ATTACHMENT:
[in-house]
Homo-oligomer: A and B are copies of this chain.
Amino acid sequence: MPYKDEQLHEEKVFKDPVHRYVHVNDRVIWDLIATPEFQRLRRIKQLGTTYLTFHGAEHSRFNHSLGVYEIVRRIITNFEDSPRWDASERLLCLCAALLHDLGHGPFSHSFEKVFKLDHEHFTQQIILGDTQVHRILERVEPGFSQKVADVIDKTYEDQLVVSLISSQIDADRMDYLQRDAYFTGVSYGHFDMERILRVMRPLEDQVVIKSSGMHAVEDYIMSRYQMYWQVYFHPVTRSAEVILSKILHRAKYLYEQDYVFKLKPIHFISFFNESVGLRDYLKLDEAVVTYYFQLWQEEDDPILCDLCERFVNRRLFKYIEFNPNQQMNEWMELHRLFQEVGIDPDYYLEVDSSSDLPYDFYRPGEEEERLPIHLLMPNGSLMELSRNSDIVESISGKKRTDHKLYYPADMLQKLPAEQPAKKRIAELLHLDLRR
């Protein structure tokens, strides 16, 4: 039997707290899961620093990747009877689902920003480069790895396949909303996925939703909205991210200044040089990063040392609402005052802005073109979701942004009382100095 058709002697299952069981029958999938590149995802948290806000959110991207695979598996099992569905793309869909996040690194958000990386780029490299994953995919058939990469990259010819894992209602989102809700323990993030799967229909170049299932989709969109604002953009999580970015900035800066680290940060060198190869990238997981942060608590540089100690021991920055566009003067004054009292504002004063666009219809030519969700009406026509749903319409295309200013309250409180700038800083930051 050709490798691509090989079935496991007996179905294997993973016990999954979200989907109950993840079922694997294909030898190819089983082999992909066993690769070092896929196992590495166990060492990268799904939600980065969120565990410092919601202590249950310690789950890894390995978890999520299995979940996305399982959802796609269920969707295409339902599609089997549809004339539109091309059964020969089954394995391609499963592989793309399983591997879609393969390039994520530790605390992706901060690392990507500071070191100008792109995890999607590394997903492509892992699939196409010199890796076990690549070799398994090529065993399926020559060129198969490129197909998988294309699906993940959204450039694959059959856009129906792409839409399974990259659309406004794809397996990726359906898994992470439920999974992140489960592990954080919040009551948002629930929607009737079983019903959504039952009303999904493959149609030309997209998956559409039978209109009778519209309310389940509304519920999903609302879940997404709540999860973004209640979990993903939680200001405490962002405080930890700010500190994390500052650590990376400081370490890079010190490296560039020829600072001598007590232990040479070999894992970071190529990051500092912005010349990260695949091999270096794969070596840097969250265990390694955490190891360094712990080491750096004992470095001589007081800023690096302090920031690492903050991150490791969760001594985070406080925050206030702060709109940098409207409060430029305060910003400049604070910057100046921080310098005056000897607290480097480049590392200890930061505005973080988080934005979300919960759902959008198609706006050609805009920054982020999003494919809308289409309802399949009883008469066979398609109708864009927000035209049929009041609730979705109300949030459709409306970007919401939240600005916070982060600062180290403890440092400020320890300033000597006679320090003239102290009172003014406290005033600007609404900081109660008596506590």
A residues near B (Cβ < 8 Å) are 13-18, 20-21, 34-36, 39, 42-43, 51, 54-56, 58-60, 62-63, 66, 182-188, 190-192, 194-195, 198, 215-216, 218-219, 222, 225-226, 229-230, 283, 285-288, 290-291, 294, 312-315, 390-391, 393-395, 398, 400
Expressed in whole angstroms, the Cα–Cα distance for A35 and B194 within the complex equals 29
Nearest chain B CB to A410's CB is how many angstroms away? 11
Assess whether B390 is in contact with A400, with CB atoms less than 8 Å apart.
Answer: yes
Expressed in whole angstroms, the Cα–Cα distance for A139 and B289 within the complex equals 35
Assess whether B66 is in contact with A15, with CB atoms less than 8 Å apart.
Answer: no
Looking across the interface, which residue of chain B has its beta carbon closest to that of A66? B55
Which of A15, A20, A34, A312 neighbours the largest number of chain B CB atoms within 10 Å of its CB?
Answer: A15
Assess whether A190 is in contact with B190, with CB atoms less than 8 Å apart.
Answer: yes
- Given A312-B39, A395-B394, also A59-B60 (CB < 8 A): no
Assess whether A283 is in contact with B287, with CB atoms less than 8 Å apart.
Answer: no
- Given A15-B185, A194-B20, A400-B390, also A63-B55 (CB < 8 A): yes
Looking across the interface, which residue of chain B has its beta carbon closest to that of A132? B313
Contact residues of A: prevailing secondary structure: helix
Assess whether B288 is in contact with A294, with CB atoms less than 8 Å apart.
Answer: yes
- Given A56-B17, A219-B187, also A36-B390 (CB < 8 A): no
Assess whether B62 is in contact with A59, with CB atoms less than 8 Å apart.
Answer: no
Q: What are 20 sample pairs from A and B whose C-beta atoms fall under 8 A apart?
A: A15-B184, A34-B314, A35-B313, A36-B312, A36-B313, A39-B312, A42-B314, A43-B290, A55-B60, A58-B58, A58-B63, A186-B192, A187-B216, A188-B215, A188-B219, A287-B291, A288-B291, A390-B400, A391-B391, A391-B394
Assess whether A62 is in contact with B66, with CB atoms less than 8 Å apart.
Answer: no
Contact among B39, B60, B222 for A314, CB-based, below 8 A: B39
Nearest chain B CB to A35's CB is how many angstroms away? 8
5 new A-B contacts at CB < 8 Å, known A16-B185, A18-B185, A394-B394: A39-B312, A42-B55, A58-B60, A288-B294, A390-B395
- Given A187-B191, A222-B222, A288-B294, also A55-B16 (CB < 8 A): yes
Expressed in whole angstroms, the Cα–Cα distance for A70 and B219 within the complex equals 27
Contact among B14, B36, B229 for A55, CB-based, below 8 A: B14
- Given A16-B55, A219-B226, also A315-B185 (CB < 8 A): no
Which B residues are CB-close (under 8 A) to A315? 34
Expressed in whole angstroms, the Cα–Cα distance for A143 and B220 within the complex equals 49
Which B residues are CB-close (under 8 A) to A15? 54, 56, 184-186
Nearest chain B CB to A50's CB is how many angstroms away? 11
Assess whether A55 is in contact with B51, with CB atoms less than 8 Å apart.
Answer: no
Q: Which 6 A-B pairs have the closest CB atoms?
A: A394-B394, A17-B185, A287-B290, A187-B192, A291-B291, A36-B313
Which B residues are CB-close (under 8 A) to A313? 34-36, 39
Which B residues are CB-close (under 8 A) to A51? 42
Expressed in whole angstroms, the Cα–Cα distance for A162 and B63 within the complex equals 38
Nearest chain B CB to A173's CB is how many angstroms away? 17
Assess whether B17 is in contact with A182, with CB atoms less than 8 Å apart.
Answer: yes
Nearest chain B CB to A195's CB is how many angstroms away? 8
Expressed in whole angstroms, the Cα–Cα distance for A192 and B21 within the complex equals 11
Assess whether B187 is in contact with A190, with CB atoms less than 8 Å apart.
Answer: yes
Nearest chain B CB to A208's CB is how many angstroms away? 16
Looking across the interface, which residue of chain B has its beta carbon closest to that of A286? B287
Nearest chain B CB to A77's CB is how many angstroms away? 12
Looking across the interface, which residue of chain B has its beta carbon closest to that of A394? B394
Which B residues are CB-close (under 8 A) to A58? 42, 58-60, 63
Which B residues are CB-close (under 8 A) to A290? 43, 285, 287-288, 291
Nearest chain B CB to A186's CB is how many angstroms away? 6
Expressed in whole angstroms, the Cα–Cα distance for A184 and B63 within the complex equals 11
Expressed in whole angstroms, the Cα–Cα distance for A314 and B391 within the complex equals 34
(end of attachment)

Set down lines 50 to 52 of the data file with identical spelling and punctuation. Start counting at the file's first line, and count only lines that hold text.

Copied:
Expressed in whole angstroms, the Cα–Cα distance for A162 and B63 within the complex equals 38
Nearest chain B CB to A173's CB is how many angstroms away? 17
Assess whether B17 is in contact with A182, with CB atoms less than 8 Å apart.